The new rate is also down from 7.2 percent in August 2010.
The latest declines may not indicate an improving economy here but rather two key phenomena characteristic of a weak economy: More unemployed people are finding work off the Island or have simply given up looking for a job.
That could explain why both the number of unemployed and employed workers on Long Island fell in August, a seeming contradiction. The Island had 100,200 jobless workers in August, down from 108,600 the year before. At the same time, the number of employed Long Islanders fell to 1.366 million, from 1.391 million the year before.
"The unemployment survey only looks at where people live, not where they work," said Michael Crowell, senior economist in the state Labor Department's Hicksville office. "So anybody who is working off Long Island would be decreasing the unemployment rate" here.
Employment data, which the department released last week, tally the jobs on Long Island and show why surrounding areas may be more attractive for local job hunters. Long Island had 13,000 fewer jobs last month than it had the year before, the worst performance of any metro area the State Labor Department tracks.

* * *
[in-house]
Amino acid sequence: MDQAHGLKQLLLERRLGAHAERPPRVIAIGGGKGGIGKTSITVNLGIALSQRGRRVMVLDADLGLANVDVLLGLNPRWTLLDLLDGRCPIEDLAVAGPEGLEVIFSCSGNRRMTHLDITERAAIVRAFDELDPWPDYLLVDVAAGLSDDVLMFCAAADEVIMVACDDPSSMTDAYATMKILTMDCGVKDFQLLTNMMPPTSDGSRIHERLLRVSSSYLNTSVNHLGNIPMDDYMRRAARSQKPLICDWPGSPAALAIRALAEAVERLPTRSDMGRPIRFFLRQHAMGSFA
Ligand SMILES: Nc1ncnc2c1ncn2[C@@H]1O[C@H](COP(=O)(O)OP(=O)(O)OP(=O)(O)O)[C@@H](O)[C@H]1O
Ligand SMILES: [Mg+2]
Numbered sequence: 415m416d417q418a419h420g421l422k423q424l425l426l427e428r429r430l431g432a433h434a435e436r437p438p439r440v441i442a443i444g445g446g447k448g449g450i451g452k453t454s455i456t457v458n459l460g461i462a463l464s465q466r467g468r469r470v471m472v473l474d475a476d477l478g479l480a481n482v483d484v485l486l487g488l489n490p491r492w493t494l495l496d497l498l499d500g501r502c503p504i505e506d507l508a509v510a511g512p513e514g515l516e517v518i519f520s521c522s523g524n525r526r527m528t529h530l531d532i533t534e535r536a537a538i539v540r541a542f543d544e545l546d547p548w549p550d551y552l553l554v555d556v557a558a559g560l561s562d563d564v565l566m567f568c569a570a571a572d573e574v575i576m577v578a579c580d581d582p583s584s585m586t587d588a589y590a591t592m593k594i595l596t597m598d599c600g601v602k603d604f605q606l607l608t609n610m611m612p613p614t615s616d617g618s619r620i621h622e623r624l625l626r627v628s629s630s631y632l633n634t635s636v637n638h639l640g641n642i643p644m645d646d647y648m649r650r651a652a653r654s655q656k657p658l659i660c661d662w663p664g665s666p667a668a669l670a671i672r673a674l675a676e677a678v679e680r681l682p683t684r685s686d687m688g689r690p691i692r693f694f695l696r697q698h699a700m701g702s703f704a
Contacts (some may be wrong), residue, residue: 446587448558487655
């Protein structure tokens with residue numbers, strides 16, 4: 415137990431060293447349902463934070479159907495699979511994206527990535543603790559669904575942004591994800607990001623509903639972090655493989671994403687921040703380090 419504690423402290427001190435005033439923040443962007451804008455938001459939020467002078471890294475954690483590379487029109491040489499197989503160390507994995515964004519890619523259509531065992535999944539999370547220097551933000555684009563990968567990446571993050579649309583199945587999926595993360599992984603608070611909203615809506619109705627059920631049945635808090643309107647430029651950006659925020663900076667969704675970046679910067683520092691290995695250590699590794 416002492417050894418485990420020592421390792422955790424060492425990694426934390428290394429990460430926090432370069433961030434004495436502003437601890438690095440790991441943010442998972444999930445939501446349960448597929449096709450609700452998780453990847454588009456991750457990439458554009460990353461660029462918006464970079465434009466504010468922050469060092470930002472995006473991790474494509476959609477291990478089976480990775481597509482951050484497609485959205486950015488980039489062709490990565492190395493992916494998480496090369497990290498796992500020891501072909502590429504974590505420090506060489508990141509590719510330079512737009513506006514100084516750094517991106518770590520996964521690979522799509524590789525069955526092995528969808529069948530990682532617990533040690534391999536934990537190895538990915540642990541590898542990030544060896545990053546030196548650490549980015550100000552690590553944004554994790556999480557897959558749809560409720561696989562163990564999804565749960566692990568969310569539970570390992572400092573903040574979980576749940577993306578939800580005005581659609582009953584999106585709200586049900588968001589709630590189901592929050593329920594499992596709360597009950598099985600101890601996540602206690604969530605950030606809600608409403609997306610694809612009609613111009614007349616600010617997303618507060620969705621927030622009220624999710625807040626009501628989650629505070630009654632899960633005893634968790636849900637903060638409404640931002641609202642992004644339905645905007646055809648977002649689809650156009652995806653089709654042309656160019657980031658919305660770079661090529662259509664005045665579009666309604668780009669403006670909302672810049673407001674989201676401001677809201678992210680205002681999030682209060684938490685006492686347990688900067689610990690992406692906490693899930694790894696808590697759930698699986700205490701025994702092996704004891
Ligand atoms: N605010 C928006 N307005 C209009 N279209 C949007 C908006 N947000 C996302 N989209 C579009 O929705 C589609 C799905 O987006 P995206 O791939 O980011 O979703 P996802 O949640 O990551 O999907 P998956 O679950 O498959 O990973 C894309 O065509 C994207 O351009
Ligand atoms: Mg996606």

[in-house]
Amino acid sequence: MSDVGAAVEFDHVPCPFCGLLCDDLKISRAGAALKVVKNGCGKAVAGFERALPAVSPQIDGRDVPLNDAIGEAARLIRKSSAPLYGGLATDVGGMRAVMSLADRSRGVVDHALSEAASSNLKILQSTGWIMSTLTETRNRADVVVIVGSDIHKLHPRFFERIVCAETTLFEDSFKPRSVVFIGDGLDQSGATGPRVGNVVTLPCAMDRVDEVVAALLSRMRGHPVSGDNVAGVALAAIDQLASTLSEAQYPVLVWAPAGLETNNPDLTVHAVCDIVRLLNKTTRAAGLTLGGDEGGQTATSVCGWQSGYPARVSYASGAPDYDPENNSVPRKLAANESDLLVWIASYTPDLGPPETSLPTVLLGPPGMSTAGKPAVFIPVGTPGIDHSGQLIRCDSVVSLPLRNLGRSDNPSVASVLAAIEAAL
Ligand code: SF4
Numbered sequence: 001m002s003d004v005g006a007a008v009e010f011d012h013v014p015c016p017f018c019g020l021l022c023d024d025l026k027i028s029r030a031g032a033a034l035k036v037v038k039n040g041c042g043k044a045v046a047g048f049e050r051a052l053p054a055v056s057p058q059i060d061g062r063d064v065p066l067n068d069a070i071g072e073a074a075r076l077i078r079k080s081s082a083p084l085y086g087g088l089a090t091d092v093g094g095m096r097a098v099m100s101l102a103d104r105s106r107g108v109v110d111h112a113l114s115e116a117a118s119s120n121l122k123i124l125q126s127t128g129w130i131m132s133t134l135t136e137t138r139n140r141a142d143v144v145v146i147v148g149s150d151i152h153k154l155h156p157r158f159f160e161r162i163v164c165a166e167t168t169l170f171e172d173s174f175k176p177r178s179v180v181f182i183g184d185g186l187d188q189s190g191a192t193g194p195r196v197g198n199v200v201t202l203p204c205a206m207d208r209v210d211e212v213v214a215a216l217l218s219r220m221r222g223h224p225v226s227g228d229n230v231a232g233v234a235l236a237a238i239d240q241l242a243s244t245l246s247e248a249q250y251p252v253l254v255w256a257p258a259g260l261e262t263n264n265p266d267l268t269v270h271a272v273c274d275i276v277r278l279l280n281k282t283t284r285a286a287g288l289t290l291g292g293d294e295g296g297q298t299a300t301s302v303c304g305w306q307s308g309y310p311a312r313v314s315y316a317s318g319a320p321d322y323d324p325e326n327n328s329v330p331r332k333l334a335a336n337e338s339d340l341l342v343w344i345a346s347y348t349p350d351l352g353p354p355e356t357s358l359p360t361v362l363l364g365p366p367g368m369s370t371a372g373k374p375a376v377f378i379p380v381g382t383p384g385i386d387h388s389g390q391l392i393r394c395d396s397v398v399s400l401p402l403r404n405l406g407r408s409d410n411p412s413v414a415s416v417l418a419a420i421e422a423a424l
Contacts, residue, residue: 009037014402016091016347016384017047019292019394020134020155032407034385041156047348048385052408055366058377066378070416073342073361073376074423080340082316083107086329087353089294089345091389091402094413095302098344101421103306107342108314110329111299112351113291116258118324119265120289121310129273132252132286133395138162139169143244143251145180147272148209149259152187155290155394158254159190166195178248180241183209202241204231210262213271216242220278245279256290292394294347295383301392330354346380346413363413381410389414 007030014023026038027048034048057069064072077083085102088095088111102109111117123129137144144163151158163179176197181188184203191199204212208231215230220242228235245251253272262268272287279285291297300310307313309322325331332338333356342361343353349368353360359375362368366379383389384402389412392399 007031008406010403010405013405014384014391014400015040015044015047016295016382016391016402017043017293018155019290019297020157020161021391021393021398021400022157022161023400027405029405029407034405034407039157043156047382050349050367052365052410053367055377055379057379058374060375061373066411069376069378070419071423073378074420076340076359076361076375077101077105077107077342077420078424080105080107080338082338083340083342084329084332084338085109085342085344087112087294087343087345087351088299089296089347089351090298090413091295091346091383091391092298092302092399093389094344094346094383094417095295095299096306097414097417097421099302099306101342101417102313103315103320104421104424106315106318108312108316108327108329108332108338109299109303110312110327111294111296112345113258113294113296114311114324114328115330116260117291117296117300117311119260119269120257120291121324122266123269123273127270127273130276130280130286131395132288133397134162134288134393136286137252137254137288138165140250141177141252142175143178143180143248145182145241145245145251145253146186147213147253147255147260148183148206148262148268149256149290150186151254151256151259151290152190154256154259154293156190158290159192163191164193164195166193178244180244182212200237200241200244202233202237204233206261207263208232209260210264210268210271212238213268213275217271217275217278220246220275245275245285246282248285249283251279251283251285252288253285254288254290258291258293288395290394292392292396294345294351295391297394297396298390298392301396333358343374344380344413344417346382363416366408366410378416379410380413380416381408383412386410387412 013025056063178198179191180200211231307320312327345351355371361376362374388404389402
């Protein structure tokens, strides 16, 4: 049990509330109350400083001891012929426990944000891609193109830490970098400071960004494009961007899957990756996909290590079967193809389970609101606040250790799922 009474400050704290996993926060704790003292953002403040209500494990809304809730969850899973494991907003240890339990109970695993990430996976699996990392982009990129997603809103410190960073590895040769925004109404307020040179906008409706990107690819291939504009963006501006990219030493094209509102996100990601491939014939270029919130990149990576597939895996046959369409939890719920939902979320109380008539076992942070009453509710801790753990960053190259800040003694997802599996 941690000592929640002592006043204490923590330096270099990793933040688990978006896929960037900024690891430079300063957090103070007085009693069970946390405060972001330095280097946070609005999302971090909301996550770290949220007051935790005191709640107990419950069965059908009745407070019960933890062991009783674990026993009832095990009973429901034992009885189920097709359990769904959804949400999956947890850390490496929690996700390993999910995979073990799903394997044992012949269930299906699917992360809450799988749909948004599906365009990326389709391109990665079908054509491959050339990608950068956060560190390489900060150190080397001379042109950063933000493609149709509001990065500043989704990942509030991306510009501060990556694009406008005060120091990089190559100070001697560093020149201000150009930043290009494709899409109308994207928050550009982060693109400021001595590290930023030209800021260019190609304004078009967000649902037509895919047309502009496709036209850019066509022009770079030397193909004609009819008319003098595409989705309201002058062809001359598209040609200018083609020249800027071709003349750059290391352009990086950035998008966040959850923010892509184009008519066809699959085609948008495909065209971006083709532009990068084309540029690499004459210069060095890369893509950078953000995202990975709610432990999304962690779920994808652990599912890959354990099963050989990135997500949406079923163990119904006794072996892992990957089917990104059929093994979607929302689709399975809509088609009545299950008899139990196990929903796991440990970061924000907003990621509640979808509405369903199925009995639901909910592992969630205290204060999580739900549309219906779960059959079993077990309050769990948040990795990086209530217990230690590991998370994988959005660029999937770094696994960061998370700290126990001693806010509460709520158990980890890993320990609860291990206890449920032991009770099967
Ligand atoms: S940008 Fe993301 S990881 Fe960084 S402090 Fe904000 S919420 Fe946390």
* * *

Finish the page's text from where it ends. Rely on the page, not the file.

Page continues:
The second key reason for the rate decline is probably a rising number of discouraged workers, which makes unemployment data look rosier because those workers, who have stopped looking for work, aren't included in unemployment statistics.
"There is a strong assumption that with jobs declining, the unemployment rate has declined because we have more discouraged workers," said Pearl Kamer, chief economist for the Long Island Association. "And that is supported by the fact that the size of the labor force has declined."
Data for discouraged workers aren't published on the local level. Nationally, those workers totaled 977,000 in August, more than double the 363,000 the nation had at the start of the recession in December 2007.
Mattituck resident Manny Constantine, 58, hasn't fallen into the discouraged workers category yet, but he has been looking for a job since April 2010, when he lost his part-time bank teller job after 21/2 years. Before that he was self-employed for about 20 years, but he needed a job with benefits.
In the meantime, he is living on savings, which could be depleted even more when his COBRA health benefits from his teller job expire at the end of next month.
He said prospective employers typically tell him, "We will contact you in a couple of days." But he added, "You don't hear a thing."
Photo: Participants at a job fair this past week sponsored by Long Island Job Finder. (Sept. 13, 2011)
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